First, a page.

The video describes the Targeted Universalism approach and how it can help promote equity. 

Source: Haas Institute for a Fair and Inclusive Society
Overview of the difference between Universal and Targeted Universalism approaches. 

Source: National Collaborating Centre for Determinants of Health, 2013

 Powerful Equity Practices:
Re-Centering the Margins
Residents – especially those experiencing local inequities - have critical perspectives and ideas for how to solve community problems. Unfortunately, organizations and change initiatives often ignore or "marginalize" these individuals and as a result are less successful at reaching their goals (Thomas et al., 2011).

Consider how your organization or group can “re-center” its focus around these marginalized perspectives by engaging local residents experiencing inequities to help understand why community problems are happening and how to address them.
Explore this guide to help re-center your work in the margins by gathering input from residents experiencing inequities.
Community Case Study
 In Everett, Massachusetts, residents experiencing health inequities come from a variety of backgrounds, including English, Spanish, Portuguese, Arabic, French, Italian, and Creole heritage. To better understand the diverse experiences of these often marginalized residents, the community used the following approaches:
  • Community organizations structured multi-language workshops to engage residents in providing feedback about the needs of the community, and simultaneously inform them of local resources and opportunities.
  • Local Latino, Haitian, and Brazilian communities formed a coalition called “One Everett’ where volunteers engaged residents for their perspectives on a variety of issues including housing, jobs, education, transportation, immigration and city services.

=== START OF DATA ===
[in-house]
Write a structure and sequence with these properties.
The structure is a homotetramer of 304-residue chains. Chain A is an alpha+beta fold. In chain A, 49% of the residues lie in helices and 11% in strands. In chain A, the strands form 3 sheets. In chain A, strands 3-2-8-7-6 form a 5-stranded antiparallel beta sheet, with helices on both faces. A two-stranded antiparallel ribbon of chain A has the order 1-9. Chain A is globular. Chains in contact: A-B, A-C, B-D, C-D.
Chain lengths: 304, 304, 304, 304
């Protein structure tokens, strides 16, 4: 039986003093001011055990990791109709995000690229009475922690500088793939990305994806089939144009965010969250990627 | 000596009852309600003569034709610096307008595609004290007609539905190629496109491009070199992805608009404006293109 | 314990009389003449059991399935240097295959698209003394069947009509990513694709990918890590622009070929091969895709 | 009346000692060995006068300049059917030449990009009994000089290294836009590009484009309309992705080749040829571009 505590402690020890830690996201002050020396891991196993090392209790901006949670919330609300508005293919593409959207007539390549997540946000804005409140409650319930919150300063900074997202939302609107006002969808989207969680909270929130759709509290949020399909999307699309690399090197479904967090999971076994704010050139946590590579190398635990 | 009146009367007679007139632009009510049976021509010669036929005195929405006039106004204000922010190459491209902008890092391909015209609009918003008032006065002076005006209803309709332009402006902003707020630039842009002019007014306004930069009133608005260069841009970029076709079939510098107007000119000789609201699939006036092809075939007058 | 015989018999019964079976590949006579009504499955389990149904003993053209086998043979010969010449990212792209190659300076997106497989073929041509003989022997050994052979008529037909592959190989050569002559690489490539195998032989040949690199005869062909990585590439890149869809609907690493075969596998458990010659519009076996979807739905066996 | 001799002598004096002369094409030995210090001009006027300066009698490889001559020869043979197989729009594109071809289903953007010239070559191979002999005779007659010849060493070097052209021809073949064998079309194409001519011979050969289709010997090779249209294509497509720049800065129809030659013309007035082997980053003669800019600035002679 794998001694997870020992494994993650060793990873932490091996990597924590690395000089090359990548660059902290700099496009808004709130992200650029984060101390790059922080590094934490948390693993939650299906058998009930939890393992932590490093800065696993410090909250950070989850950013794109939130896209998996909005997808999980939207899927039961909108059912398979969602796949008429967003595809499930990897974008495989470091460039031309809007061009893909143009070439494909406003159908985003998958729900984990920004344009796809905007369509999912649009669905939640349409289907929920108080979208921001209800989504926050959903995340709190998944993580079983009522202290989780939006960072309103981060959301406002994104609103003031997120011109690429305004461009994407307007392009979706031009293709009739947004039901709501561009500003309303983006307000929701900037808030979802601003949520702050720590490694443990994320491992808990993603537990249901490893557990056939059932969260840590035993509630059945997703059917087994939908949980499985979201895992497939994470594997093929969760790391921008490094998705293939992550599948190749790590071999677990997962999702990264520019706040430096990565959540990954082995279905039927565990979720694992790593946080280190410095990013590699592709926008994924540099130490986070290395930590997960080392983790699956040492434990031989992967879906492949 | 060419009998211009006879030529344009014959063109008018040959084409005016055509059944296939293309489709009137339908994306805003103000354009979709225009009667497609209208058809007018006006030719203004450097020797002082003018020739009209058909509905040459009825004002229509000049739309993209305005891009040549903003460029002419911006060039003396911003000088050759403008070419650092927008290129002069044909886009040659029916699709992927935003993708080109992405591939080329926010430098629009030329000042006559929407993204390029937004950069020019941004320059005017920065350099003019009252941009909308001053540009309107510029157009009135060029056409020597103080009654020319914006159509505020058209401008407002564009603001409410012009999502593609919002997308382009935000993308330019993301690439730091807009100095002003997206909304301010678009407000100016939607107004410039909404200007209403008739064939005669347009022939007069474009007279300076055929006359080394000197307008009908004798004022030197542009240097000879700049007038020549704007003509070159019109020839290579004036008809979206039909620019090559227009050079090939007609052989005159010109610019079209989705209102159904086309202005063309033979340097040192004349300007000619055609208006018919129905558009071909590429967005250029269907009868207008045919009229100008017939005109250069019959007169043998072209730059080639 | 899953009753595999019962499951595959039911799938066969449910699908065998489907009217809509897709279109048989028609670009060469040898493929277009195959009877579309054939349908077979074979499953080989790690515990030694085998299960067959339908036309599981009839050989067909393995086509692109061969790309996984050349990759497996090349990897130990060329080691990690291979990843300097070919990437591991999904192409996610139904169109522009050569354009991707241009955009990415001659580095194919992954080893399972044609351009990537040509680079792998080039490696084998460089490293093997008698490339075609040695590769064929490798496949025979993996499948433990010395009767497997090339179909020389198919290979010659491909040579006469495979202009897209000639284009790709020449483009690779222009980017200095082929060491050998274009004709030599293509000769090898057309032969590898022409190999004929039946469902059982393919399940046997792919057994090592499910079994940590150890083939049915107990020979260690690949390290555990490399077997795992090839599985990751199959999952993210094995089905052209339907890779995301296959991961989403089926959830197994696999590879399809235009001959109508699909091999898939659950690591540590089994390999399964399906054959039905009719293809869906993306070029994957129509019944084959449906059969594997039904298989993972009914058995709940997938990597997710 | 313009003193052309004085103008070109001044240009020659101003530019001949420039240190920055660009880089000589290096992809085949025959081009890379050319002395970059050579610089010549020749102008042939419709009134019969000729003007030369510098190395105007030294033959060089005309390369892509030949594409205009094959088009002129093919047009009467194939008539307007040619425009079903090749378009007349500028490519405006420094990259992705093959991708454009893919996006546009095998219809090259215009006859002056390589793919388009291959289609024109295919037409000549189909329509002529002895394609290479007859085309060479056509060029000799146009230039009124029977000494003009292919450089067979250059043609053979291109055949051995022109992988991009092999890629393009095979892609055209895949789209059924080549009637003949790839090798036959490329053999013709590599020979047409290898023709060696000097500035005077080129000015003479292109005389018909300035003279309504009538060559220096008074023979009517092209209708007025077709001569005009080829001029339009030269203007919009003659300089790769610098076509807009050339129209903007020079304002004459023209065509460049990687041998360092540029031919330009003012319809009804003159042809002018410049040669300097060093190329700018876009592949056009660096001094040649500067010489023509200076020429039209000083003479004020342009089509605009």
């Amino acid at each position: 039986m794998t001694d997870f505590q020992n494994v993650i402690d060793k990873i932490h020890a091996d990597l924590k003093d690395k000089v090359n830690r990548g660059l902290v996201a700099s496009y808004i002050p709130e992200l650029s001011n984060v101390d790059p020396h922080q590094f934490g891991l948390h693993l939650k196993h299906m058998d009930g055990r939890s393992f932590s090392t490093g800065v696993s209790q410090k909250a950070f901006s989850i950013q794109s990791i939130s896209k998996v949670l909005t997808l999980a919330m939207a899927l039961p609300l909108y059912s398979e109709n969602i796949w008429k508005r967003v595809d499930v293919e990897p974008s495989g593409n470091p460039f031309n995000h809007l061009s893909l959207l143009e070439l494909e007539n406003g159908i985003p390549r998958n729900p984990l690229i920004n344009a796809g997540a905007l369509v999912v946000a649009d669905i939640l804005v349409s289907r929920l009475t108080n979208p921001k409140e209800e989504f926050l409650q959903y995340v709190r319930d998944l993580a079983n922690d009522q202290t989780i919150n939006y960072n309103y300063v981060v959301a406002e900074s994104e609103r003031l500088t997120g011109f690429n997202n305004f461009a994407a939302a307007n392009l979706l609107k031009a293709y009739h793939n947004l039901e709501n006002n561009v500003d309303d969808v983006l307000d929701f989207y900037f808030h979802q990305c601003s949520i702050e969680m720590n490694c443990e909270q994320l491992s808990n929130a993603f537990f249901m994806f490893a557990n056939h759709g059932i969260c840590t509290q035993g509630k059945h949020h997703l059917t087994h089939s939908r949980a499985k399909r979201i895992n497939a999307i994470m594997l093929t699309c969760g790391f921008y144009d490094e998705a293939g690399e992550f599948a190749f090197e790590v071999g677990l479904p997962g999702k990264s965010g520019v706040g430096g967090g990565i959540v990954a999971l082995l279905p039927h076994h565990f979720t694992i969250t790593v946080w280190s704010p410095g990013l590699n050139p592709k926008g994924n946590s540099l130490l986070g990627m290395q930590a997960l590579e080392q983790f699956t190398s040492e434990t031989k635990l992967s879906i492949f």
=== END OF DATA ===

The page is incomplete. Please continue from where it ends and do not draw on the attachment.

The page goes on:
• As a way to build trust, the Everett Police Chief engaged local teens in discussions about a variety of topics related to community relations, personal needs, and race and policing. 

Source: RWJF, 2017 Everett Culture of Health Story   
CHIR Connection
Reach out to your local CHIR to share ideas and take action to promote greater health equity in your community.
Join a discussion forum with CHIRs across the state on

Current Discussion Topic:

How could you use a Targeted Universalism approach in your efforts?
Q & A

Q : We're trying to summarize some local disaggregated data. How can we make this data easy for people to use without getting overwhelmed? 

A: People often find disaggregated data easier to use when it's summarized visually. Try organizing your data into a table that color codes which demographic groups are experiencing the best and worst outcomes. This can help stakeholders easily pick out inequities in the data and use this information to priorities targets for change. See this tool for an example of how to set up this type of table. 

Submit your questions on the Contact Us page of the MICHIRLearning website
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July 2019
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Annie E Casey Foundation (2006). Race matters. Retrieved from

Annie E. Casey Foundation. (2014). Race equity and inclusion action guide. Retrieved from  

john powell, Stephen Menendian & Jason Reece. (2009). The Importance of targeted universalism. Poverty & Race. 18(2).

Just Health Action (n.d.) Introduction to environmental justice, equity, and health. Retrieved from ?

Robert Wood Johnson Foundation. (2010) A new way to talk about the social determinants of health. Retrieved from content/uploads/2016/08/rwjf63023.pdf 

Robert Wood Johnson Foundation. (2016). From vision to action: A framework and measures to mobilize a culture of health. Retrieved from

Robert Wood Johnson Foundation (2017) Everett culture of health story. Retrieved from 

Thomas, S. P., Quinn, S. C., Butler, J., Fryer, C. S., & Garza, M. A. (2011) Towards a fourth generation of disparities research to achieve health equity. Annual Review of Public Health 32(3), 399-416.